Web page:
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Amazing Facts

Tides




Tides result from the regular rise and fall of
the water level in
the oceans. This phenomenon is caused by the gravitational pull of the
Moon and Sun on the Earth and by the centrifugal force generated by the
rotation of the Moon-Earth sys­tem as a whole. These two forces act in
opposite directions.


The bulge of the water surface caused by the
gravitational pull of
the Sun and Moon is repeated on the opposite side of the Earth, where
the bulge is due to the centrifugal force. The Sun, although much more
massive than the Moon, is also much farther from the Earth. As a
result, the Sun's effect on the Earth's tides is only half that of the
Moon.





Tides occur every day, and their timing and
posi­tion depend on the
Earth's rotation on its axis related to the position of the Moon. If
the Moon were stationary, each point on the Earth would have two high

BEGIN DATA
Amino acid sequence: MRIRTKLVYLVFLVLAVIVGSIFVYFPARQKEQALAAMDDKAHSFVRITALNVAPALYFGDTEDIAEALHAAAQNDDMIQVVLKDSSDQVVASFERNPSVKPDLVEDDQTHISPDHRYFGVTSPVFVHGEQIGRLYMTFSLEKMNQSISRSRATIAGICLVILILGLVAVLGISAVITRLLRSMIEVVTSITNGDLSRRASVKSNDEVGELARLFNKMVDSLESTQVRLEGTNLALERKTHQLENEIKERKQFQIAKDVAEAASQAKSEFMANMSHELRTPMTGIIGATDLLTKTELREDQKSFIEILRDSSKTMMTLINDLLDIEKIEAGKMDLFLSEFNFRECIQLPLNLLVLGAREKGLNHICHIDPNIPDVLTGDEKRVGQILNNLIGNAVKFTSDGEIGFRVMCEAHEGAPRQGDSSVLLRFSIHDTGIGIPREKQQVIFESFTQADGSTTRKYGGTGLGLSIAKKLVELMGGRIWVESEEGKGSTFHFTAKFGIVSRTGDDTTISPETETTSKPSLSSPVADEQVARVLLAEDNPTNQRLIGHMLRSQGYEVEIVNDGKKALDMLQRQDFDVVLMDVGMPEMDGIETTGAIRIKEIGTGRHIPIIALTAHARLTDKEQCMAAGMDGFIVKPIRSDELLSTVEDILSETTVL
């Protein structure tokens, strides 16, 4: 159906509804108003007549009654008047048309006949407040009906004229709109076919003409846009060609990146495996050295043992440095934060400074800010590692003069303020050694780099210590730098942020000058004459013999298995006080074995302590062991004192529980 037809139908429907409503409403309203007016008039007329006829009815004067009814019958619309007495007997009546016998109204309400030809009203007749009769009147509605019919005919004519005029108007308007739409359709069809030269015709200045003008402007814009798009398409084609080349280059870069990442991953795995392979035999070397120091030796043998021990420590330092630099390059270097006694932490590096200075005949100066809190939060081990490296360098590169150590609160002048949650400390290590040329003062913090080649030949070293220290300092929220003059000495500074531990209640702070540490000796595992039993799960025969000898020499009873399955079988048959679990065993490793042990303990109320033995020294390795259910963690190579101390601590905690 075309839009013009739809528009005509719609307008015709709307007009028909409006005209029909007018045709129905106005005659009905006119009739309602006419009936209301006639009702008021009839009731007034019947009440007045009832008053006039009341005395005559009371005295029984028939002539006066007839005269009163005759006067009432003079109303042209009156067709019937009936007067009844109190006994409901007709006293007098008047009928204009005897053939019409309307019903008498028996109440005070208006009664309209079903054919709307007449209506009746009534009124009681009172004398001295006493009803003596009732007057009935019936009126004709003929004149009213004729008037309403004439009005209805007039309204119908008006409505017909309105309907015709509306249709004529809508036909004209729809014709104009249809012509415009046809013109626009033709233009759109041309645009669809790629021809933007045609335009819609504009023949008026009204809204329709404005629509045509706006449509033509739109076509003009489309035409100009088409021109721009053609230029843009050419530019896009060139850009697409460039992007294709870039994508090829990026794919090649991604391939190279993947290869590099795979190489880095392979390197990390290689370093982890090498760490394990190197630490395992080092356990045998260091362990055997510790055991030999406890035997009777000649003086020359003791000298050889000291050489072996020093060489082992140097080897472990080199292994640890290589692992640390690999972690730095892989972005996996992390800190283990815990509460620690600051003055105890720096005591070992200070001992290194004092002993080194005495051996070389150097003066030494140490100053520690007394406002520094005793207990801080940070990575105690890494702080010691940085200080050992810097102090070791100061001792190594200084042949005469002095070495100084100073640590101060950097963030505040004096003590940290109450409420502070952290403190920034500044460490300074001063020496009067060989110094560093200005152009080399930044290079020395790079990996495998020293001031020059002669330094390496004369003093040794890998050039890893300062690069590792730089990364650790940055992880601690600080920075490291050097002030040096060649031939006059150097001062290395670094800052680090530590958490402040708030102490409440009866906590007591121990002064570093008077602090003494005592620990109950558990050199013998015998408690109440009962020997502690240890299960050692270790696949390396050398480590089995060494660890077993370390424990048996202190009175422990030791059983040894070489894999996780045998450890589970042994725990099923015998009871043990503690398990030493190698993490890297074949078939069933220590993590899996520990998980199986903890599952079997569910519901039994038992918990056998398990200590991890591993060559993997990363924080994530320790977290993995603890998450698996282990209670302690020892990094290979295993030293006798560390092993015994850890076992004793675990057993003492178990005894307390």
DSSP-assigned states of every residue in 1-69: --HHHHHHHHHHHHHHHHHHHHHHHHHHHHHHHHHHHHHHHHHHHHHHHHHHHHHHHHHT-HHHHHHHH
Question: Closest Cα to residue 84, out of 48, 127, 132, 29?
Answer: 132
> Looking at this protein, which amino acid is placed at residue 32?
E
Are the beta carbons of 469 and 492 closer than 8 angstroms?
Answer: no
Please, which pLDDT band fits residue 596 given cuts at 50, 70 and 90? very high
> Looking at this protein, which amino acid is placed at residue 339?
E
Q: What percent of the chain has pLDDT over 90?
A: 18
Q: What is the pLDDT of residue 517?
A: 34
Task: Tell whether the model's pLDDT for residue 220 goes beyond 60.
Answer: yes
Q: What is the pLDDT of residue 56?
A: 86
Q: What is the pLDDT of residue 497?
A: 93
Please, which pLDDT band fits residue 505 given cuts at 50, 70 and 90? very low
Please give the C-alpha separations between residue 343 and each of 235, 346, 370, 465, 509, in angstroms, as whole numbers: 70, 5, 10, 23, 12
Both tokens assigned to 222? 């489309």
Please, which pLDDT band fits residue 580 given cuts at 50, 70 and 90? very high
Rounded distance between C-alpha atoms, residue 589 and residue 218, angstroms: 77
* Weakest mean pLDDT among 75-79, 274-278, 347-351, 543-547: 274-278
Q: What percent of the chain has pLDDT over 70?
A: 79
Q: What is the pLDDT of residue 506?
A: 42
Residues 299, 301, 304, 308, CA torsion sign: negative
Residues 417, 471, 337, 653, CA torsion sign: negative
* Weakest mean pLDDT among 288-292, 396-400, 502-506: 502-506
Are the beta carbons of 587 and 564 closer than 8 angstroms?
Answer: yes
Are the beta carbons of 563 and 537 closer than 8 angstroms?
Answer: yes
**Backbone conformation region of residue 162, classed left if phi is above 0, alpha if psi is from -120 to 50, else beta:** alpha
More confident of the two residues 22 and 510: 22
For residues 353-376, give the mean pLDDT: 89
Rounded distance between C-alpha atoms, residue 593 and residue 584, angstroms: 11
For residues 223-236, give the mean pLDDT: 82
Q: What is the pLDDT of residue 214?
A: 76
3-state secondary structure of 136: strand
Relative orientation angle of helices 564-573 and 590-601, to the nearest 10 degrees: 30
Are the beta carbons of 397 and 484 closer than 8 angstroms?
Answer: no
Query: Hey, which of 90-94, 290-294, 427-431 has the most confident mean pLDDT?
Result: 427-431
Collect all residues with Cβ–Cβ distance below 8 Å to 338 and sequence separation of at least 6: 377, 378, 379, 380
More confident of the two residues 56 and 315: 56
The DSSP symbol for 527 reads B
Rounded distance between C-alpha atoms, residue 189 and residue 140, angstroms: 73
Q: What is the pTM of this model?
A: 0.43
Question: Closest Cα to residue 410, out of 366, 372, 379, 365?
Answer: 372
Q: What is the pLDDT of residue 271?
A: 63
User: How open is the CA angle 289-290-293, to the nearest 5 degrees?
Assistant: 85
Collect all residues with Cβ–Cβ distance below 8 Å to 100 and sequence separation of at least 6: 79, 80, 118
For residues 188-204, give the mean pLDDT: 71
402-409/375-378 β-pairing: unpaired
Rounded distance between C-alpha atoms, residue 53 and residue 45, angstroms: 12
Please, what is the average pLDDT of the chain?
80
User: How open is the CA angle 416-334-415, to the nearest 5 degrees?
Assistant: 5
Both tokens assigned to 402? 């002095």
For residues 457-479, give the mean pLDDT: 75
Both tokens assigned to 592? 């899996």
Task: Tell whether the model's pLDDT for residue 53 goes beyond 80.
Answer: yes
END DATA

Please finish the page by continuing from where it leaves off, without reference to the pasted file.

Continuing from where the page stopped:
and two low tides every day. But because the Moon orbits the Earth
every 28 days and because the Earth takes just more than a day (25.02
hours) to rotate once in relation to the Moon, the positions of the
high tides on the Earth change. At any one location they occur about an
hour later each day.


When the Moon and Sun are aligned on the same
side of the Earth, the
tide caused by their combined action is higher than-normal and is
called a spring tide. This event recurs every 14 days, at new Moon or
full Moon. When the Sun and Moon form a right-angle with the Earth, the
gravitational pulls of the Moon and Sun are in opposition and result in
weaker, intermediate tides called neap tides. These also take place
every two weeks, at the first and third quarters of the Moon.


Because tides depend on the rotation of the
Earth and that of the
Moon and the Earth around their common center of mass, the time of high
and low tide at any point on the Earth can be pre­dicted. The solar
tide has a period of 12.41 hours (because of the monthly rotation of
the Moon around the Earth). The Moon's closest approach to the Earth is
at perigee, and the farthest point of its orbit is at apogee, the
difference between the two being about 24,000km. When perigee
coin­cides with the spring tides, they rise about 20 per cent higher
than their normal level.



   
Related Tags: Ocean  Earth  Tides  
 
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